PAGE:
I usually try to come up with a title for these reviews that references, but does not include verbatim the title of the book. This time, I can’t improve on the title, so I say to and about A.B.Funkhauser, great title for an equally great book.
“Scooter” Nation is a nice double-entendre. “Scooter” on the one hand hooks us into Scooter Creighton, one of the main characters in Funkhauser’s debut tale, Heuer, Lost and Found. On the other hand, another of the novel’s most significant elements involves a fleet of motorized scooters ridden by aggrieved disabled people who zip around protesting both handicapped access and other community political issues.
Heuer involves the shenanigans of the owners and operators of a family-held mortuary with a tangled web of relationships, both fiscal and personal. Scooter opens with that same mortuary in the hands of the unfortunately-named Jocasta Binns, the main surviving member of the conflicts in Heuer. (Tantalizing glimpse: You find out how Jocasta came by the name of a legendarily incestuous Greek queen.)
Binns is a deeply angry and unhappy Martinet who alienates her staff and family and inspires a rebellion. The tactics of the rebellion could have been carried out only in a funeral home, which makes for great reading. So, as in all of Funkhauser, you see common human interactions carried out in a most uncommon environment.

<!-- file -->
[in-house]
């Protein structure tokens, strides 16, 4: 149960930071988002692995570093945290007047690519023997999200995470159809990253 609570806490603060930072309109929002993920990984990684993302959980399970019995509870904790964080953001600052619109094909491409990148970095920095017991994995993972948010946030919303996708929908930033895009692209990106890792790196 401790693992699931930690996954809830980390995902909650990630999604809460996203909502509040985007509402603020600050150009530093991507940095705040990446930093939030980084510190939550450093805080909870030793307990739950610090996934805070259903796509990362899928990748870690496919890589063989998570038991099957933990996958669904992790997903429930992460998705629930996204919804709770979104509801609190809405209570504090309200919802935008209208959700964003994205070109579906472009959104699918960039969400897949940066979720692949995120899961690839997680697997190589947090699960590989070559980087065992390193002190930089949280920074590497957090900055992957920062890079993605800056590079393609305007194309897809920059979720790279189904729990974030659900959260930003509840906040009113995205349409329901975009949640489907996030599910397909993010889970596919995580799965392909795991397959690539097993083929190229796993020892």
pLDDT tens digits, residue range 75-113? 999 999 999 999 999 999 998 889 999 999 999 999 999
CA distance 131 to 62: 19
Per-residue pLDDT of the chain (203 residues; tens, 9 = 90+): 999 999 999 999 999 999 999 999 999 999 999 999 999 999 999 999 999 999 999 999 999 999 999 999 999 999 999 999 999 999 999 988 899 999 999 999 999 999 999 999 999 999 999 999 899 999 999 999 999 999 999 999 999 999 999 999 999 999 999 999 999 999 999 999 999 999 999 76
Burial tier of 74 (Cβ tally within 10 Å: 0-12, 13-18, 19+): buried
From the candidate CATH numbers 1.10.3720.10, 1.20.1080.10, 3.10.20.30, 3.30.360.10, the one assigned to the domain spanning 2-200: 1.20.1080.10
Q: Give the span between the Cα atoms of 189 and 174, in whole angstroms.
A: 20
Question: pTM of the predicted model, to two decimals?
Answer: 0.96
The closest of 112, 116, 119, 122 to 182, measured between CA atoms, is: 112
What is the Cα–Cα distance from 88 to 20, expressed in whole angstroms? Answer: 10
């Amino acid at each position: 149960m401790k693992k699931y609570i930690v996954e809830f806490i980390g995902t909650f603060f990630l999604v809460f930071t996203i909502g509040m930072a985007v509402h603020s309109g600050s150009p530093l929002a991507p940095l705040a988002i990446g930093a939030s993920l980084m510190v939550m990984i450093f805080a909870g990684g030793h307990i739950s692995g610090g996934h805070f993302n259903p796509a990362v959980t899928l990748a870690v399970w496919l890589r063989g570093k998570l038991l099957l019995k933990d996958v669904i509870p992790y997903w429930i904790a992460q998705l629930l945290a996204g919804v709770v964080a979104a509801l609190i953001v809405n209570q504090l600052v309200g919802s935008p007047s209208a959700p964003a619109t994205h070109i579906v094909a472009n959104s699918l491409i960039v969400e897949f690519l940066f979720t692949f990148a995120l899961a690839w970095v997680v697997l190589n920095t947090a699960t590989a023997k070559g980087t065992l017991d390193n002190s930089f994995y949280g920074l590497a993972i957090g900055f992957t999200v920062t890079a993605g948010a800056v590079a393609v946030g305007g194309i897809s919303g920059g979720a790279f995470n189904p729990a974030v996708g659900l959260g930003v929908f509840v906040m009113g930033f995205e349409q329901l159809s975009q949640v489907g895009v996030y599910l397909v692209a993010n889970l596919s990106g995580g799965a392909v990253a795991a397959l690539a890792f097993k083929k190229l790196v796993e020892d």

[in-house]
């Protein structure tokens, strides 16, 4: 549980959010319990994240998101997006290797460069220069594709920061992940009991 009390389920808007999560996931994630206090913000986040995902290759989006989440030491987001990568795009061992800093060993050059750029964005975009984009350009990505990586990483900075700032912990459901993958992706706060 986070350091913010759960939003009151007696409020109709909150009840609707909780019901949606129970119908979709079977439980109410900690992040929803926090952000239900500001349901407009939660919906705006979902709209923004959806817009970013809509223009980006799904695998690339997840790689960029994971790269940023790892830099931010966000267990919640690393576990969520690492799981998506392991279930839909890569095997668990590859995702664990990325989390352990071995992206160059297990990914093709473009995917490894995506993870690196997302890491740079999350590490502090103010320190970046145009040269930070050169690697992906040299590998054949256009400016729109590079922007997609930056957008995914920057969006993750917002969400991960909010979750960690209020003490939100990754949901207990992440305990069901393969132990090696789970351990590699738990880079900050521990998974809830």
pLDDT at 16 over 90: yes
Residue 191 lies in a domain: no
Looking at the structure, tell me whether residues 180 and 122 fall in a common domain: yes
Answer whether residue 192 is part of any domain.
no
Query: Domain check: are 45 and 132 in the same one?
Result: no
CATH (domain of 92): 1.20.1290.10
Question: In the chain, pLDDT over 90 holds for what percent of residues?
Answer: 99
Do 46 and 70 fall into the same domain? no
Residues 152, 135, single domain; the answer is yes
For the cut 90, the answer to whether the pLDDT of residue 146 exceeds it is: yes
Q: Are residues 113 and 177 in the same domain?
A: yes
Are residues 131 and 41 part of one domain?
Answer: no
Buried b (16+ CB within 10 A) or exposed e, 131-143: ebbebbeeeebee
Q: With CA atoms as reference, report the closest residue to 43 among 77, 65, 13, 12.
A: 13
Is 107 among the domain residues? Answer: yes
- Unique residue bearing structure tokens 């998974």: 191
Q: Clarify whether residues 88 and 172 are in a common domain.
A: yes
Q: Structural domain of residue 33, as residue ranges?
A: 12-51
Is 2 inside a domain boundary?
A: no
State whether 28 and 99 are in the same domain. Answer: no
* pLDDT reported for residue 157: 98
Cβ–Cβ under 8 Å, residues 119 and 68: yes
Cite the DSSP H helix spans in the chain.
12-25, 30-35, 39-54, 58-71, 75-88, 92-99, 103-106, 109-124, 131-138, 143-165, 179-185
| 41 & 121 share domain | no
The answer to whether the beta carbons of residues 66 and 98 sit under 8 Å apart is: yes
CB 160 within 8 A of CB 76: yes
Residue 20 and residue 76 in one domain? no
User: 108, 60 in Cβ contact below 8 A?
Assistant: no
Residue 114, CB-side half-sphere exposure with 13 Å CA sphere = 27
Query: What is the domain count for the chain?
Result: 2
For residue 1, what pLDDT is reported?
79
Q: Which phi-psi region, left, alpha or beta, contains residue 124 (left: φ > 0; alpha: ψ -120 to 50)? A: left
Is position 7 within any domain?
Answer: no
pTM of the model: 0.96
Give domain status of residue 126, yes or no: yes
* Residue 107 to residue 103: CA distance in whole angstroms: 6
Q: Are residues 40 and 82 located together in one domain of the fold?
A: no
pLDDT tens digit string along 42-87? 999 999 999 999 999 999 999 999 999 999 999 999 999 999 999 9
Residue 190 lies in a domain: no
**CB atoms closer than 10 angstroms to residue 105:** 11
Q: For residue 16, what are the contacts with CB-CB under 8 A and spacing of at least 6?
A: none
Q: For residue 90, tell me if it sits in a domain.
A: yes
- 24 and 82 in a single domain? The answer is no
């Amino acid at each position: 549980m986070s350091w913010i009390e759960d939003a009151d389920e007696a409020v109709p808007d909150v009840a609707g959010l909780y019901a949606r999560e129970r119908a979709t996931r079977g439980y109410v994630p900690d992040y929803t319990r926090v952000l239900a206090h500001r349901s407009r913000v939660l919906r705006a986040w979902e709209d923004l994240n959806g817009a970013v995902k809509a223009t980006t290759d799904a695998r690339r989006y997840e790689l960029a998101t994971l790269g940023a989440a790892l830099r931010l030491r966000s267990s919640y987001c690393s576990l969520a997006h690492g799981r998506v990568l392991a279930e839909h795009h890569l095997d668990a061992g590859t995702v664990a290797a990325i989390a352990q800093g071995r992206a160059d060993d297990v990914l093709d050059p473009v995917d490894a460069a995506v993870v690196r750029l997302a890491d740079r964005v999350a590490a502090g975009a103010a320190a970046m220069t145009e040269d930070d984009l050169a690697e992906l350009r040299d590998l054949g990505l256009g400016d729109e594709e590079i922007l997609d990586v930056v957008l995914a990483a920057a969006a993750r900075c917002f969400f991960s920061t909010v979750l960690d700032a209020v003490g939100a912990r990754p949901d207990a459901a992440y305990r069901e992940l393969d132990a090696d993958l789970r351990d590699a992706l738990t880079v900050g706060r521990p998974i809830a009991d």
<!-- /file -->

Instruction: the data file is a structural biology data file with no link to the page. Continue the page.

In my review of Heuer I complimented Funkhauser on her “zesty prose” as well as her characters. Here’s a two-in-one quote that illustrates both.
Enid. . . should have puked all over her shoes. She should have spewed all over Carla too, but she didn’t. . . her guts steadied steadied to a workable calm just like they always did in the face of a threat.
You’ve got both a reaction on the part of a major character as well as a mirror into her internal life. Furthermore, her emotional responses manifest in real action later in the novel. Thus, the lives of Charley Forsythe and Scooter Creighton and the rest involve us not only in entertaining capers but in deep and meaningful emotions as well. A terrific read with, I understand, a sequel on the way. Keep ’em coming, A.B. And to the rest of you, join the audience.